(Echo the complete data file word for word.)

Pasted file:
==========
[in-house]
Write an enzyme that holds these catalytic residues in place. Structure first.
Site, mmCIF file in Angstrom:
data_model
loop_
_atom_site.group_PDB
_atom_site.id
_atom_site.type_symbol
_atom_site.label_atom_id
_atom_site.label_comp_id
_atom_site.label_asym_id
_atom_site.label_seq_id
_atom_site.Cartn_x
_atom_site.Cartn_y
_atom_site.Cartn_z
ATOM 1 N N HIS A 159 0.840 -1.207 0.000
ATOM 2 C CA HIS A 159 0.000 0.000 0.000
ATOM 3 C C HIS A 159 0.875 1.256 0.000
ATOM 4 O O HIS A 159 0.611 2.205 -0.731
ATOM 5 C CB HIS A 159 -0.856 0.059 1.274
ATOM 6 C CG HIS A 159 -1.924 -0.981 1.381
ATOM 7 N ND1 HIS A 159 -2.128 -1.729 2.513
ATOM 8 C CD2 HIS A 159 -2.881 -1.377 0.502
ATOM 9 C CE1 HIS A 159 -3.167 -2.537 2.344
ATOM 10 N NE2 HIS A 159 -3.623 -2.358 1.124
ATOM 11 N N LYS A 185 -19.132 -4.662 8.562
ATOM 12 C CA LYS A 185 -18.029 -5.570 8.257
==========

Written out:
[in-house]
Write an enzyme that holds these catalytic residues in place. Structure first.
Site, mmCIF file in Angstrom:
data_model
loop_
_atom_site.group_PDB
_atom_site.id
_atom_site.type_symbol
_atom_site.label_atom_id
_atom_site.label_comp_id
_atom_site.label_asym_id
_atom_site.label_seq_id
_atom_site.Cartn_x
_atom_site.Cartn_y
_atom_site.Cartn_z
ATOM 1 N N HIS A 159 0.840 -1.207 0.000
ATOM 2 C CA HIS A 159 0.000 0.000 0.000
ATOM 3 C C HIS A 159 0.875 1.256 0.000
ATOM 4 O O HIS A 159 0.611 2.205 -0.731
ATOM 5 C CB HIS A 159 -0.856 0.059 1.274
ATOM 6 C CG HIS A 159 -1.924 -0.981 1.381
ATOM 7 N ND1 HIS A 159 -2.128 -1.729 2.513
ATOM 8 C CD2 HIS A 159 -2.881 -1.377 0.502
ATOM 9 C CE1 HIS A 159 -3.167 -2.537 2.344
ATOM 10 N NE2 HIS A 159 -3.623 -2.358 1.124
ATOM 11 N N LYS A 185 -19.132 -4.662 8.562
ATOM 12 C CA LYS A 185 -18.029 -5.570 8.257